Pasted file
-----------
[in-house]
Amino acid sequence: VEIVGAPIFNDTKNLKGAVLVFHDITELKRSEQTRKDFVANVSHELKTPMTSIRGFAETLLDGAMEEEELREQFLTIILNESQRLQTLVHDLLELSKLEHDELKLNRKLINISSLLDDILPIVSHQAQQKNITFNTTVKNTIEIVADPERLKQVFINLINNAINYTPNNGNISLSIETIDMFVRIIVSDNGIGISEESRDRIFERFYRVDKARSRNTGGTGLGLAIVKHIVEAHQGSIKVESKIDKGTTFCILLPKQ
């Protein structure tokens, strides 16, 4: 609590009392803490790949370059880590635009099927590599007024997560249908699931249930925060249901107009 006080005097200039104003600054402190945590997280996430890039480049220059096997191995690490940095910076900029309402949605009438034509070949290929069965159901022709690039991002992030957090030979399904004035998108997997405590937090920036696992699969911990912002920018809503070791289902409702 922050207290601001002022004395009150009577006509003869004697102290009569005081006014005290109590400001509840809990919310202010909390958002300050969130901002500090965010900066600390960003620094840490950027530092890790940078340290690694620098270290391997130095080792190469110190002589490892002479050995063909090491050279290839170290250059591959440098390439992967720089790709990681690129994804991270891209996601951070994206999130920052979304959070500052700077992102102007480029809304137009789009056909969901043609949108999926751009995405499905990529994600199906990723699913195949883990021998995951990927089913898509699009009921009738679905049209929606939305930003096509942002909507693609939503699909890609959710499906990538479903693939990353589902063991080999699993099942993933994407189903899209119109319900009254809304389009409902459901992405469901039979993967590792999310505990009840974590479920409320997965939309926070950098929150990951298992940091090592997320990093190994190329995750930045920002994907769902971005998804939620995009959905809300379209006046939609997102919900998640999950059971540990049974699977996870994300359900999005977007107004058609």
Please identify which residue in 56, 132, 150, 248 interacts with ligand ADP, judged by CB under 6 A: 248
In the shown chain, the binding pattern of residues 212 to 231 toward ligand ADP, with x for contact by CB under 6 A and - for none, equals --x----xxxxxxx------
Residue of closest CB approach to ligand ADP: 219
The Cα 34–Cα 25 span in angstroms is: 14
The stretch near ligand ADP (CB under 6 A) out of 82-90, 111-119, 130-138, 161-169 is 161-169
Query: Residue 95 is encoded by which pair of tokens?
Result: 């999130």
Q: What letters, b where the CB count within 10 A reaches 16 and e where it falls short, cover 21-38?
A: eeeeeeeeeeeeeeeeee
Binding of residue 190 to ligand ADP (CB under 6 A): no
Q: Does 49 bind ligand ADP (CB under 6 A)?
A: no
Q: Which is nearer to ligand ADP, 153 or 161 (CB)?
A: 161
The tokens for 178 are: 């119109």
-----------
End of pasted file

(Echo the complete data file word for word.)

[in-house]
Amino acid sequence: VEIVGAPIFNDTKNLKGAVLVFHDITELKRSEQTRKDFVANVSHELKTPMTSIRGFAETLLDGAMEEEELREQFLTIILNESQRLQTLVHDLLELSKLEHDELKLNRKLINISSLLDDILPIVSHQAQQKNITFNTTVKNTIEIVADPERLKQVFINLINNAINYTPNNGNISLSIETIDMFVRIIVSDNGIGISEESRDRIFERFYRVDKARSRNTGGTGLGLAIVKHIVEAHQGSIKVESKIDKGTTFCILLPKQ
């Protein structure tokens, strides 16, 4: 609590009392803490790949370059880590635009099927590599007024997560249908699931249930925060249901107009 006080005097200039104003600054402190945590997280996430890039480049220059096997191995690490940095910076900029309402949605009438034509070949290929069965159901022709690039991002992030957090030979399904004035998108997997405590937090920036696992699969911990912002920018809503070791289902409702 922050207290601001002022004395009150009577006509003869004697102290009569005081006014005290109590400001509840809990919310202010909390958002300050969130901002500090965010900066600390960003620094840490950027530092890790940078340290690694620098270290391997130095080792190469110190002589490892002479050995063909090491050279290839170290250059591959440098390439992967720089790709990681690129994804991270891209996601951070994206999130920052979304959070500052700077992102102007480029809304137009789009056909969901043609949108999926751009995405499905990529994600199906990723699913195949883990021998995951990927089913898509699009009921009738679905049209929606939305930003096509942002909507693609939503699909890609959710499906990538479903693939990353589902063991080999699993099942993933994407189903899209119109319900009254809304389009409902459901992405469901039979993967590792999310505990009840974590479920409320997965939309926070950098929150990951298992940091090592997320990093190994190329995750930045920002994907769902971005998804939620995009959905809300379209006046939609997102919900998640999950059971540990049974699977996870994300359900999005977007107004058609």
Please identify which residue in 56, 132, 150, 248 interacts with ligand ADP, judged by CB under 6 A: 248
In the shown chain, the binding pattern of residues 212 to 231 toward ligand ADP, with x for contact by CB under 6 A and - for none, equals --x----xxxxxxx------
Residue of closest CB approach to ligand ADP: 219
The Cα 34–Cα 25 span in angstroms is: 14
The stretch near ligand ADP (CB under 6 A) out of 82-90, 111-119, 130-138, 161-169 is 161-169
Query: Residue 95 is encoded by which pair of tokens?
Result: 């999130």
Q: What letters, b where the CB count within 10 A reaches 16 and e where it falls short, cover 21-38?
A: eeeeeeeeeeeeeeeeee
Binding of residue 190 to ligand ADP (CB under 6 A): no
Q: Does 49 bind ligand ADP (CB under 6 A)?
A: no
Q: Which is nearer to ligand ADP, 153 or 161 (CB)?
A: 161
The tokens for 178 are: 């119109």